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Origin of blowup
Words nearby blowup
Example sentences from the Web for blowup
Howard Kurtz on how she may have defused the Beijing blowup.Has Hillary Clinton Salvaged Deal to Bring Chen to U.S. Temporarily?|Howard Kurtz|May 4, 2012|DAILY BEAST
A blowup over a newly minted third party in Florida has become the latest to draw their ire.
For her part, Esters says she hasn't heard from Oprah since the blowup started.
They had a blowup last night, it seems, and she has stabbed him.The Story of Charles Strange Vol. 1 (of 3)|Mrs. Henry Wood
Actually we had the answer to protection during the Crazy Years before the blowup when everybody talked peace and built missiles.Noble Redman|Jesse Franklin Bone
Said I owed the company plenty for the damage done by the blowup.Alarm Clock|Everett B. Cole
Before the blowup on Earth, the galactics had made occasional landings to gather animals and seeds of food plants.The Ethical Way|Joseph Farrell
There could be a blowup that would throw Hub politics back into the kind of snarl they haven't been in for a hundred years.Legacy|James H Schmitz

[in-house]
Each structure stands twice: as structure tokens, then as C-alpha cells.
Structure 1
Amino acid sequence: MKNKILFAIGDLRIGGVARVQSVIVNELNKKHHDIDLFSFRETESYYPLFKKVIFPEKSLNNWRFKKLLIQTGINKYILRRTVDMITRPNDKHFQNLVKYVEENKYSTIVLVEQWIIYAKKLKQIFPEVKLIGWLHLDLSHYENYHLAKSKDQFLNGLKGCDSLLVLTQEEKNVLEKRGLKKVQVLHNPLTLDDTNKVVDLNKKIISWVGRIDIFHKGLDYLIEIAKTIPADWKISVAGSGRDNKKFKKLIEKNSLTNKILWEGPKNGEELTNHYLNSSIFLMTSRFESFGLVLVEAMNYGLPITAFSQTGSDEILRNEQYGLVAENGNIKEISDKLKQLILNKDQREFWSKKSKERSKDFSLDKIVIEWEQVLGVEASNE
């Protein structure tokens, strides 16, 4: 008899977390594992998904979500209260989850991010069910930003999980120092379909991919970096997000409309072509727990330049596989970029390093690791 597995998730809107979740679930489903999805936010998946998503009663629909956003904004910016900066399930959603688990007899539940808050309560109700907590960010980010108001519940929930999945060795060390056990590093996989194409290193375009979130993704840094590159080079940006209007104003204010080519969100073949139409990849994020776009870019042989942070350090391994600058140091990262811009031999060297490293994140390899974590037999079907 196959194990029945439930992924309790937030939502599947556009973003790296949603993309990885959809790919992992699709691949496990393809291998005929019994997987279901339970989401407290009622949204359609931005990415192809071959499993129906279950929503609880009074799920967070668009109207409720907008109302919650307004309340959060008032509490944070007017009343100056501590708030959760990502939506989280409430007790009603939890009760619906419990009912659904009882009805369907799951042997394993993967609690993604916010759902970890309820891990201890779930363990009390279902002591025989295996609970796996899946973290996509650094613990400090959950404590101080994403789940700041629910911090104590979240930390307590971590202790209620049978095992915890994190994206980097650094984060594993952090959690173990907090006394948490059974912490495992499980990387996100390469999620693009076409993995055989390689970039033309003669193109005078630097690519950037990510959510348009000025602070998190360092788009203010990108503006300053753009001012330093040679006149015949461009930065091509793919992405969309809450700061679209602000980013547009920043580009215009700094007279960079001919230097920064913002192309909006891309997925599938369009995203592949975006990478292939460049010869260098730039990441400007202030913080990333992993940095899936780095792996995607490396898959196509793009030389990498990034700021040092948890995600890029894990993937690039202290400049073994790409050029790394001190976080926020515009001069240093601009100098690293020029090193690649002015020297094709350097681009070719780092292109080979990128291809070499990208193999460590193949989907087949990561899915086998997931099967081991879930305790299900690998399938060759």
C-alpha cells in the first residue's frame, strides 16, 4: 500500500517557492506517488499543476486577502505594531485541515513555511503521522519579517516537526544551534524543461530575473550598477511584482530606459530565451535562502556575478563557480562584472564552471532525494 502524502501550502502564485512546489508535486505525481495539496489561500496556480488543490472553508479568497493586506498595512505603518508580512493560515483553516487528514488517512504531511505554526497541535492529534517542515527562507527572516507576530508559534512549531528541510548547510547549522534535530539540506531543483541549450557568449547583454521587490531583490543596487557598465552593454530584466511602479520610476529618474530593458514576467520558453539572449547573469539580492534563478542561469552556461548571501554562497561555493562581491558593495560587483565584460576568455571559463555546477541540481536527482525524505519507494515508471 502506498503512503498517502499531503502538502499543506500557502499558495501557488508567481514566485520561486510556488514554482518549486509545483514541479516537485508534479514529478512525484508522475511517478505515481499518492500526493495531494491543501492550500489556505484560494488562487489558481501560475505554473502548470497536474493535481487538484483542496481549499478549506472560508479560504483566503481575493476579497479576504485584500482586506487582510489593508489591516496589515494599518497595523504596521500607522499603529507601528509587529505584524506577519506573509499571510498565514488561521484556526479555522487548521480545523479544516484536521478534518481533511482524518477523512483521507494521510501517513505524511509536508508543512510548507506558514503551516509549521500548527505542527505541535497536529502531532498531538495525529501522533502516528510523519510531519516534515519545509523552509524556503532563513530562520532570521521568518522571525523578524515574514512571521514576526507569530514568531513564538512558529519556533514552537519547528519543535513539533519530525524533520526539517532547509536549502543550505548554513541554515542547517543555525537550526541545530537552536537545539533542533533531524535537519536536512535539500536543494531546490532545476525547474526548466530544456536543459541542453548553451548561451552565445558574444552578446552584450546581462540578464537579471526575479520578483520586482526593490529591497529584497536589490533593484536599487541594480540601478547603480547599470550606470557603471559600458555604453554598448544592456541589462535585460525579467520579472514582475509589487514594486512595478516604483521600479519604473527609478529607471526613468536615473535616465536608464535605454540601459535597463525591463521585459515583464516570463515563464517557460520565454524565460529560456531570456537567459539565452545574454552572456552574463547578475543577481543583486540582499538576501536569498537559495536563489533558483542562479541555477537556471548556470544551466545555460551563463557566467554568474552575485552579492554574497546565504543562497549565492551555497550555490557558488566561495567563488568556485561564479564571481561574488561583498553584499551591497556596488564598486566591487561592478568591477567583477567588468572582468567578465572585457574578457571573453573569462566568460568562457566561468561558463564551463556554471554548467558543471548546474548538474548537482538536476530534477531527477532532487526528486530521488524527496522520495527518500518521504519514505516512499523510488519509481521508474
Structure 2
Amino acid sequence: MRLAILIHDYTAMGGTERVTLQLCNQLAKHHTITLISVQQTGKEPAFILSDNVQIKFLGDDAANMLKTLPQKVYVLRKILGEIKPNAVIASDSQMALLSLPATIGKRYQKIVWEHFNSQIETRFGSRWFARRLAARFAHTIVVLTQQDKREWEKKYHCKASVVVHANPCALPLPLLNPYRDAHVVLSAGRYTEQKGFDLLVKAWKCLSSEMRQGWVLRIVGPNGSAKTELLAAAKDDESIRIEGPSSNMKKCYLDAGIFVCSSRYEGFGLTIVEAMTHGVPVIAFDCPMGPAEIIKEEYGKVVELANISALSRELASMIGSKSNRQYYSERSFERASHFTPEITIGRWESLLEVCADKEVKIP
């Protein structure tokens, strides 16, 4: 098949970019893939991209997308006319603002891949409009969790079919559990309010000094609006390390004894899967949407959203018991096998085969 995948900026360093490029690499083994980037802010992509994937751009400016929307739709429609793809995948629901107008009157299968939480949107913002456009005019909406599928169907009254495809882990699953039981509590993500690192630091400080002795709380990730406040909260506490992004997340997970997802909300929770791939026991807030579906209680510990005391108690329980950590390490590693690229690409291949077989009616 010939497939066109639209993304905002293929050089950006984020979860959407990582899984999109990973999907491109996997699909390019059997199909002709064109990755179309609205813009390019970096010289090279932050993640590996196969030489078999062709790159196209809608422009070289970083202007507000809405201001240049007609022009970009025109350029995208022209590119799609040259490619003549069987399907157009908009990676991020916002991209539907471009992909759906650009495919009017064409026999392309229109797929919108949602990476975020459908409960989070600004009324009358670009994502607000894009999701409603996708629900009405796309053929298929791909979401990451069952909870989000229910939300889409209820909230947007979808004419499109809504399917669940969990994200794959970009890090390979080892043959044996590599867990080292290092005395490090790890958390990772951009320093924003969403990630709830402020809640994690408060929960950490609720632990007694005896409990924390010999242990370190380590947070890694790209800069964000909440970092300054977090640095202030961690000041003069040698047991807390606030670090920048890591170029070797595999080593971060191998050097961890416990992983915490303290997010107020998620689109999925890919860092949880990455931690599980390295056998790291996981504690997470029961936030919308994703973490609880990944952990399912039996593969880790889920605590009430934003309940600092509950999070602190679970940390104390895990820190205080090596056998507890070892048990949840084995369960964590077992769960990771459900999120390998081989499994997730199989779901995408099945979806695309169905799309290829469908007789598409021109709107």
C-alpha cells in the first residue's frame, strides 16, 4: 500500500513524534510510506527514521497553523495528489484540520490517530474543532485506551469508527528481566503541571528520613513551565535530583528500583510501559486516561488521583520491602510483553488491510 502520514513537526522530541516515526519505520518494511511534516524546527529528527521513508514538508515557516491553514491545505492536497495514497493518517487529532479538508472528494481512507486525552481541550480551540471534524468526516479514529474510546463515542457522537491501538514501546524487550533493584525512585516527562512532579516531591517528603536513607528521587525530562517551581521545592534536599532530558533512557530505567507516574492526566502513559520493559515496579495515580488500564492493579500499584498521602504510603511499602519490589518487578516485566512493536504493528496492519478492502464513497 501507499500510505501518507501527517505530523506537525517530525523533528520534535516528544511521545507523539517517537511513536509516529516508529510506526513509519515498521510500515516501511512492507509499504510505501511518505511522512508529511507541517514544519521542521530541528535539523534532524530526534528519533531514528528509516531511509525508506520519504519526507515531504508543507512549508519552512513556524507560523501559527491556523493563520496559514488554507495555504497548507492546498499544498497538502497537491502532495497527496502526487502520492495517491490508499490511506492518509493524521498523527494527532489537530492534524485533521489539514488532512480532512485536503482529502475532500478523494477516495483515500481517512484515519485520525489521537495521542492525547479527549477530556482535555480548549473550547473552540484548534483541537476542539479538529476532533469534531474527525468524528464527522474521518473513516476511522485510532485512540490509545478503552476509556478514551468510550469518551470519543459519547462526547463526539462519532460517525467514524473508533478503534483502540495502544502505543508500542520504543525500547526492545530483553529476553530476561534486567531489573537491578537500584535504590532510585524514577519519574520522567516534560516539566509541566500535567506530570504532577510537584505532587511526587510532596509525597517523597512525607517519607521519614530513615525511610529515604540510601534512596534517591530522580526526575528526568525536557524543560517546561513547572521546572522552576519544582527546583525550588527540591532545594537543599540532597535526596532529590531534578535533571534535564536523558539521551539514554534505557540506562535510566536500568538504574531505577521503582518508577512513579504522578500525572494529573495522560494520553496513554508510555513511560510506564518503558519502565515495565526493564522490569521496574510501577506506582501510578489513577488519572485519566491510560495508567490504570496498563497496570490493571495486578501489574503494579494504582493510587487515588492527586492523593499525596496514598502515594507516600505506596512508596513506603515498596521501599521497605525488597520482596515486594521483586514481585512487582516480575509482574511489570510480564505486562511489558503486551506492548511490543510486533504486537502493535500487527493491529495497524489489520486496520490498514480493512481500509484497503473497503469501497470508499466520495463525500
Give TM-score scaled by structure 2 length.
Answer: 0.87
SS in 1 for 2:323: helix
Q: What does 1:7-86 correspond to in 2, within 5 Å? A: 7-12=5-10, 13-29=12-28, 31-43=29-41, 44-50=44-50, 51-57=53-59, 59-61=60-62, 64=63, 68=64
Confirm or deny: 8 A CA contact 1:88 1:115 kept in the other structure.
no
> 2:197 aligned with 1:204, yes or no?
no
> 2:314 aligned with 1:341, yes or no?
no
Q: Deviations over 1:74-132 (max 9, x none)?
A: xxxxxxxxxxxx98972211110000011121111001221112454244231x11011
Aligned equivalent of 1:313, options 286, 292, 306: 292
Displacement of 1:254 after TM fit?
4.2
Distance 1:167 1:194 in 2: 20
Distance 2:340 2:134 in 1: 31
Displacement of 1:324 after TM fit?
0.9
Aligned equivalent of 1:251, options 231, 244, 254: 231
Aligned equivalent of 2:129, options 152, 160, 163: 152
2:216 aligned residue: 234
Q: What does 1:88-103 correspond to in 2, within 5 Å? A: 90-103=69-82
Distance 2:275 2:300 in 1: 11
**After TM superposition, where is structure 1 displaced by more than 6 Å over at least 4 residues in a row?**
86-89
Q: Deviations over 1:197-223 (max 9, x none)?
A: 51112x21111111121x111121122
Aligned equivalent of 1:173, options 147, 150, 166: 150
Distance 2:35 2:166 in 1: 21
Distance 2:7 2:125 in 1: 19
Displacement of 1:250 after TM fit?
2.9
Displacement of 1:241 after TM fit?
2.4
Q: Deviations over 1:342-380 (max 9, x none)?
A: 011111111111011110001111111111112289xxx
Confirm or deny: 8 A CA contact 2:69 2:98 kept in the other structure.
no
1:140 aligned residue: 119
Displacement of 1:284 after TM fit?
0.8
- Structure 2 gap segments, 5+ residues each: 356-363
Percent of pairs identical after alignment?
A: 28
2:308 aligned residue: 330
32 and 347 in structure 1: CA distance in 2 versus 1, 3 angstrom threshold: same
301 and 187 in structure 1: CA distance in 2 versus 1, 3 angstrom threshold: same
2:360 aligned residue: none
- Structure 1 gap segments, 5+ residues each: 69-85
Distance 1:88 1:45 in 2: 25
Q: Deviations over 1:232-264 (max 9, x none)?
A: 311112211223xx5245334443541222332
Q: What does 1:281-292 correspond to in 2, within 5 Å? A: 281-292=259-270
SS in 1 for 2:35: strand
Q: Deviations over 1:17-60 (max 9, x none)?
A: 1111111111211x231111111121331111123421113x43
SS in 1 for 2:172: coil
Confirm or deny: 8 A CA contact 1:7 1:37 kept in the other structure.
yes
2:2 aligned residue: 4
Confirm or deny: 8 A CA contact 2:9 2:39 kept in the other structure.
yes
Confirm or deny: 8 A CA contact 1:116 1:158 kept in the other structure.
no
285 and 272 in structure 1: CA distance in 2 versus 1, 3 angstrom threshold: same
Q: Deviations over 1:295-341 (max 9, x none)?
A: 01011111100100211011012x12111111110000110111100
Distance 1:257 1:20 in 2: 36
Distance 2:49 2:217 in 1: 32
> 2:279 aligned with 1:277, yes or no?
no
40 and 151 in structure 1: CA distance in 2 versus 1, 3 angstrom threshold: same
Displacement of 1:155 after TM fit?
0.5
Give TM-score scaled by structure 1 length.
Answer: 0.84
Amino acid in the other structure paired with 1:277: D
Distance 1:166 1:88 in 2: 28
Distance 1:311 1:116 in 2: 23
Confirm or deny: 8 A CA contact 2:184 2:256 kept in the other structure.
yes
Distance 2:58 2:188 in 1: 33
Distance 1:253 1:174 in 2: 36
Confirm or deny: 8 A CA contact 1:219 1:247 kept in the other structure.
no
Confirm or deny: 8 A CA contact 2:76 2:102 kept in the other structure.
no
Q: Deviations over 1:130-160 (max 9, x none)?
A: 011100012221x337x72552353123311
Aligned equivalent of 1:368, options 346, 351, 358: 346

British Dictionary definitions for blowup
Idioms and Phrases with blowup
Explode or cause to explode. For example, The squadron was told to blow up the bridge, or Jim was afraid his experiment would blow up the lab. The term is sometimes amplified, as in blow up in one's face. [Late 1500s]
Lose one's temper, as in I'm sorry I blew up at you. Mark Twain used this metaphor for an actual explosion in one of his letters (1871): “Redpath tells me to blow up. Here goes!” [Colloquial; second half of 1800s]
Inflate, fill with air, as in If you don't blow up those tires you're sure to have a flat. [Early 1400s]
Enlarge, especially a photograph, as in If we blow up this picture, you'll be able to make out the expressions on their faces. [c. 1930]
Exaggerate the importance of something or someone, as in Tom has a tendency to blow up his own role in the affair. This term applies the “inflate” of def. 3 to importance. It was used in this sense in England from the early 1500s to the 1700s, but then became obsolete there although it remains current in America.
Collapse, fail, as in Graduate-student marriages often blow up soon after the couple earn their degrees. [Slang; mid-1800s]